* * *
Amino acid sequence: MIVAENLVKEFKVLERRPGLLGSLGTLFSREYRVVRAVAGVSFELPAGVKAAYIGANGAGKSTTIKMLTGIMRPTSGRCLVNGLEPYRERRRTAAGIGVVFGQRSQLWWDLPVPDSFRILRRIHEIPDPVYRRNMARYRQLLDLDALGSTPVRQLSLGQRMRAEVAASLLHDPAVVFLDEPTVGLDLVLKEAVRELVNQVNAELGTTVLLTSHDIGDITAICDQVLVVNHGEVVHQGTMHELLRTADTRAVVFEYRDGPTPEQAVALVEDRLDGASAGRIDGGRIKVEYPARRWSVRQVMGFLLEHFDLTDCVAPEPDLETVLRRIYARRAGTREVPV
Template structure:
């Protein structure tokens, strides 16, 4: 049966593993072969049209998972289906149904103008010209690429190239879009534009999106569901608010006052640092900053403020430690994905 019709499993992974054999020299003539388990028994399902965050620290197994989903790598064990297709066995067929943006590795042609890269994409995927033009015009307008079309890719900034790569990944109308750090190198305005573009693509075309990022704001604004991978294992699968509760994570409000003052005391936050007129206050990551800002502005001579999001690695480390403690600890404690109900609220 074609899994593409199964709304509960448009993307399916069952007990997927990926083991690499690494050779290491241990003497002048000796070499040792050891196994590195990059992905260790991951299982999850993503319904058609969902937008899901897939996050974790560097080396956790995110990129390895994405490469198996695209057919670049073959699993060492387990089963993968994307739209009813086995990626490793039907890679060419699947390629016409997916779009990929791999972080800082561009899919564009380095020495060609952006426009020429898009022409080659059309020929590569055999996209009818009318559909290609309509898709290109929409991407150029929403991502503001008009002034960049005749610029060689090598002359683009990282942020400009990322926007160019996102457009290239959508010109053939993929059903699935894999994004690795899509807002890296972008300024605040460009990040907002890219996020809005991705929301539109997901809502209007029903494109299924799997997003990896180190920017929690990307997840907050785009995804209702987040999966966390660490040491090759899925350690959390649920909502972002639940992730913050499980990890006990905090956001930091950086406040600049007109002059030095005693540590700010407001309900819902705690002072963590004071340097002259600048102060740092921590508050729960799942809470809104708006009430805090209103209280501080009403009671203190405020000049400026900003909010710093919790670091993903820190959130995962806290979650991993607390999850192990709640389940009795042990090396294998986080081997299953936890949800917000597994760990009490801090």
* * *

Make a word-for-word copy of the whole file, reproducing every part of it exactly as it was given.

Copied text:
Amino acid sequence: MIVAENLVKEFKVLERRPGLLGSLGTLFSREYRVVRAVAGVSFELPAGVKAAYIGANGAGKSTTIKMLTGIMRPTSGRCLVNGLEPYRERRRTAAGIGVVFGQRSQLWWDLPVPDSFRILRRIHEIPDPVYRRNMARYRQLLDLDALGSTPVRQLSLGQRMRAEVAASLLHDPAVVFLDEPTVGLDLVLKEAVRELVNQVNAELGTTVLLTSHDIGDITAICDQVLVVNHGEVVHQGTMHELLRTADTRAVVFEYRDGPTPEQAVALVEDRLDGASAGRIDGGRIKVEYPARRWSVRQVMGFLLEHFDLTDCVAPEPDLETVLRRIYARRAGTREVPV
Template structure:
């Protein structure tokens, strides 16, 4: 049966593993072969049209998972289906149904103008010209690429190239879009534009999106569901608010006052640092900053403020430690994905 019709499993992974054999020299003539388990028994399902965050620290197994989903790598064990297709066995067929943006590795042609890269994409995927033009015009307008079309890719900034790569990944109308750090190198305005573009693509075309990022704001604004991978294992699968509760994570409000003052005391936050007129206050990551800002502005001579999001690695480390403690600890404690109900609220 074609899994593409199964709304509960448009993307399916069952007990997927990926083991690499690494050779290491241990003497002048000796070499040792050891196994590195990059992905260790991951299982999850993503319904058609969902937008899901897939996050974790560097080396956790995110990129390895994405490469198996695209057919670049073959699993060492387990089963993968994307739209009813086995990626490793039907890679060419699947390629016409997916779009990929791999972080800082561009899919564009380095020495060609952006426009020429898009022409080659059309020929590569055999996209009818009318559909290609309509898709290109929409991407150029929403991502503001008009002034960049005749610029060689090598002359683009990282942020400009990322926007160019996102457009290239959508010109053939993929059903699935894999994004690795899509807002890296972008300024605040460009990040907002890219996020809005991705929301539109997901809502209007029903494109299924799997997003990896180190920017929690990307997840907050785009995804209702987040999966966390660490040491090759899925350690959390649920909502972002639940992730913050499980990890006990905090956001930091950086406040600049007109002059030095005693540590700010407001309900819902705690002072963590004071340097002259600048102060740092921590508050729960799942809470809104708006009430805090209103209280501080009403009671203190405020000049400026900003909010710093919790670091993903820190959130995962806290979650991993607390999850192990709640389940009795042990090396294998986080081997299953936890949800917000597994760990009490801090």